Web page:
2. Relay – A relay is an electrically operated switch. Many relays use an electromagnet to operate a switch, but other operating principles are also used. Relays are used where it is necessary to control a circuit by a separate low-power signal, the first relays were used in long distance telegraph circuits as amplifiers, they repeated the signal coming in from one circuit and re-transmitted it on another circuit. Relays were used extensively in telephone exchanges and early computers to perform logical operations, a type of relay that can handle the high power required to directly control an electric motor or other loads is called a contactor. Solid-state relays control power circuits with no moving parts, instead using a device to perform switching. Magnetic latching relays require one pulse of power to move their contacts in one direction. Repeated pulses from the same input have no effect, magnetic latching relays are useful in applications where interrupted power should not be able to transition the contacts. Magnetic latching relays can have single or dual coils. On a single device, the relay will operate in one direction when power is applied with one polarity. On a dual coil device, when polarized voltage is applied to the coil the contacts will transition. AC controlled magnetic latch relays have single coils that employ steering diodes to differentiate between operate and reset commands, american scientist Joseph Henry is often claimed to have invented a relay in 1835 in order to improve his version of the electrical telegraph, developed earlier in 1831. However, there is little in the way of documentation to suggest he had made the discovery prior to 1837. It is claimed that English inventor Edward Davy certainly invented the electric relay in his electric telegraph c.1835, a simple device, which is now called a relay, was included in the original 1840 telegraph patent of Samuel Morse. The mechanism described acted as an amplifier, repeating the telegraph signal. This overcame the problem of limited range of earlier telegraphy schemes, the word relay appears in the context of electromagnetic operations from 1860. The armature is hinged to the yoke and mechanically linked to one or more sets of moving contacts, the armature is held in place by a spring so that when the relay is de-energized there is an air gap in the magnetic circuit. In this condition, one of the two sets of contacts in the relay pictured is closed, and the set is open. Other relays may have more or fewer sets of contacts depending on their function, the relay in the picture also has a wire connecting the armature to the yoke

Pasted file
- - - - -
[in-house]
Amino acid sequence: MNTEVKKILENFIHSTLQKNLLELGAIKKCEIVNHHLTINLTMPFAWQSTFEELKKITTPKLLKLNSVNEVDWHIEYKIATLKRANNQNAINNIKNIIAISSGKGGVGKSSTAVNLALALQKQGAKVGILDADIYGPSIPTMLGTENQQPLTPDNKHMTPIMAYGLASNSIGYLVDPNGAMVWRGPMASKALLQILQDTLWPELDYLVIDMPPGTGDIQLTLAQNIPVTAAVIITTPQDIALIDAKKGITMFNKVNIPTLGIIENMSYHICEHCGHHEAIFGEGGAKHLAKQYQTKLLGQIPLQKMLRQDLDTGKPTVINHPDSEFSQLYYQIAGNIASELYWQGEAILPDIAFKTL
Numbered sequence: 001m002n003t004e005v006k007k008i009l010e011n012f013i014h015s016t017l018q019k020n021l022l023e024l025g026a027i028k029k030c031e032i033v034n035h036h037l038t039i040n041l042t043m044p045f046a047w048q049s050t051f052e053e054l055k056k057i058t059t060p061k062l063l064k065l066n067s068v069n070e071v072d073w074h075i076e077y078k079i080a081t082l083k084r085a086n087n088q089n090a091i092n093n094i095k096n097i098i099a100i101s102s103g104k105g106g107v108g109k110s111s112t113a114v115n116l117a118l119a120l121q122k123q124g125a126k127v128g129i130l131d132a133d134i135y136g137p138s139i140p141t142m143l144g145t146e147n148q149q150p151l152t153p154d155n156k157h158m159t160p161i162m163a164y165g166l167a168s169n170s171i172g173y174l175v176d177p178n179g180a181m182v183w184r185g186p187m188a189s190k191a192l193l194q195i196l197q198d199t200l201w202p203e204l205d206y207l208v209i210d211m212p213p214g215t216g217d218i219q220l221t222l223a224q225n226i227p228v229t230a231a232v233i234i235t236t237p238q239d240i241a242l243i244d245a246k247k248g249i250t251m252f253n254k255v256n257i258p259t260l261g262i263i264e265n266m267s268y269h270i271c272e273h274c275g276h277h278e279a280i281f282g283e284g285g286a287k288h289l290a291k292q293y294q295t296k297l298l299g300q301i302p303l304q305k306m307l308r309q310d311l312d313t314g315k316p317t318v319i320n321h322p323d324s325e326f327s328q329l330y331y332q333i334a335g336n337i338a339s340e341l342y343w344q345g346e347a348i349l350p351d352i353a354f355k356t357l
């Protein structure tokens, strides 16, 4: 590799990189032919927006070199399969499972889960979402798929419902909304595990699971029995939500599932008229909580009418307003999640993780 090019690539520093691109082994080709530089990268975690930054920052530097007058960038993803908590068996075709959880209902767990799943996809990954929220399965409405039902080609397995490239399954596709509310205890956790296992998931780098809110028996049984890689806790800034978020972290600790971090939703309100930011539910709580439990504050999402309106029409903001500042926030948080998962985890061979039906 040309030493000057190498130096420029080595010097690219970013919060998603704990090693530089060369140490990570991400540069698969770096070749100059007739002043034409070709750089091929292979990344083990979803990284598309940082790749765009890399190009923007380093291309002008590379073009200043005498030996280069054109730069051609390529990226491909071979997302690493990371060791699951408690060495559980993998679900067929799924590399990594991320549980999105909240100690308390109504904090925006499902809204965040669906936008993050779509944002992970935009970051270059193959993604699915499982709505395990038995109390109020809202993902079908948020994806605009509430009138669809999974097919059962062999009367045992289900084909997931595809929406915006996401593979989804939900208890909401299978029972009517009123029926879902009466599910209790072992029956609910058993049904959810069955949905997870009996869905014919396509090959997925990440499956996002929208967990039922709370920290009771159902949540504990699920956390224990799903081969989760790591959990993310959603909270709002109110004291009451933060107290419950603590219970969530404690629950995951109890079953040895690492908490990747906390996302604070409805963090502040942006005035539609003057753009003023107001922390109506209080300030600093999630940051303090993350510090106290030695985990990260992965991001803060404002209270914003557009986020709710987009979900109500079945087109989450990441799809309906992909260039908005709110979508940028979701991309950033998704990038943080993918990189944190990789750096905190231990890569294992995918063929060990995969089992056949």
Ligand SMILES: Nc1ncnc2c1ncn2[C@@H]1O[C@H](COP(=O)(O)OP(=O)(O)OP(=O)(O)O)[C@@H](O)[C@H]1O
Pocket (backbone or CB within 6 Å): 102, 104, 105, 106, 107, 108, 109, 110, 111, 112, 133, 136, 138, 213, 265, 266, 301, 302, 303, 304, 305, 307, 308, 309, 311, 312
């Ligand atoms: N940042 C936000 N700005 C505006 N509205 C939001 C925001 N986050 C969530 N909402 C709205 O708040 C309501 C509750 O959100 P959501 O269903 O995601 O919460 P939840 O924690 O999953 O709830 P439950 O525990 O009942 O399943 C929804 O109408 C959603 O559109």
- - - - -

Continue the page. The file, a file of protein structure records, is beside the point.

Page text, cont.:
3. Gaj's Latin alphabet – Gajs Latin alphabet is the form of the Latin script used for Serbo-Croatian. It was devised by Croatian linguist Ljudevit Gaj in 1835, based on Jan Huss Czech alphabet, a slightly reduced version is used as the script of the Slovene language, and a modified version is used for romanization of the Macedonian language. Pavao Ritter Vitezović had proposed an idea for the orthography of the Croatian language, today Gajs alphabet is used in Bosnia and Herzegovina, Croatia, Montenegro and Serbia. The alphabet consists of thirty upper and lower case letters, Gajs original alphabet contained the digraph ⟨dj⟩, the letters do not have names, and consonants are normally pronounced as such when spelling is necessary. These rules for pronunciation of letters are common as far as the 22 letters that match the ISO basic Latin alphabet are concerned. The use of others is limited to the context of linguistics, while in mathematics, ⟨j⟩ is commonly pronounced jot. The missing four letters are pronounced as follows, ⟨q⟩ as ku or kju, ⟨w⟩ as dublve or duplo ve, ⟨x⟩ as iks, in vertical writing, ⟨ǆ⟩, ⟨ǉ⟩, ⟨ǌ⟩ are written horizontally, as a unit. For instance, if mjeǌačnica is written vertically, ⟨ǌ⟩ appears on the fourth line, in crossword puzzles, ⟨ǆ⟩, ⟨ǉ⟩, ⟨ǌ⟩ each occupy a single square. If words are written with a space between each letter, each digraphs is written as a unit, for instance, M J E Ǌ A Č N I C A. If only the letter of a word is capitalized, only the first of the two component letters is capitalized, ǋemačka, not Ǌemačka. In Unicode, the form ⟨ǋ⟩ is referred to as titlecase, as opposed to the uppercase form ⟨Ǌ⟩, uppercase would be used if the entire word was capitalized, NJEMAČKA. The Croatian Latin was mostly designed by Ljudevit Gaj, who modelled it after Czech and Polish, in 1830, he published in Buda the book Kratka osnova horvatsko-slavenskog pravopisanja, which was the first common Croatian orthography book. It was not the first ever Croatian orthography work, as it was preceded by works of Rajmund Đamanjić, Ignjat Đurđević, croats had previously used the Latin script, but some of the specific sounds were not uniformly represented. Versions of the Hungarian alphabet were most commonly used, but others were too, in an often confused, Gaj followed the example of Pavao Ritter Vitezović and the Czech orthography, making one letter of the Latin script for each sound in the language. His alphabet mapped completely on Serbian Cyrillic which had been standardized by Vuk Karadžić a few years before, the original Gaj alphabet was eventually revised, but only the digraph ⟨dj⟩ has been replaced with Daničićs ⟨đ⟩, while ⟨dž⟩, ⟨lj⟩ and ⟨nj⟩ have been kept. In the 1990s, there was a confusion about the proper character encoding to use to write text in Latin Croatian on computers. An attempt was made to apply the 7-bit YUSCII, later CROSCII, which included the five letters with diacritics at the expense of five non-letter characters, because the ASCII character @ sorts before A, this led to jokes calling it žabeceda. Other short-lived vendor-specific efforts were also undertaken, the 8-bit ISO 8859-2 standard was developed by ISO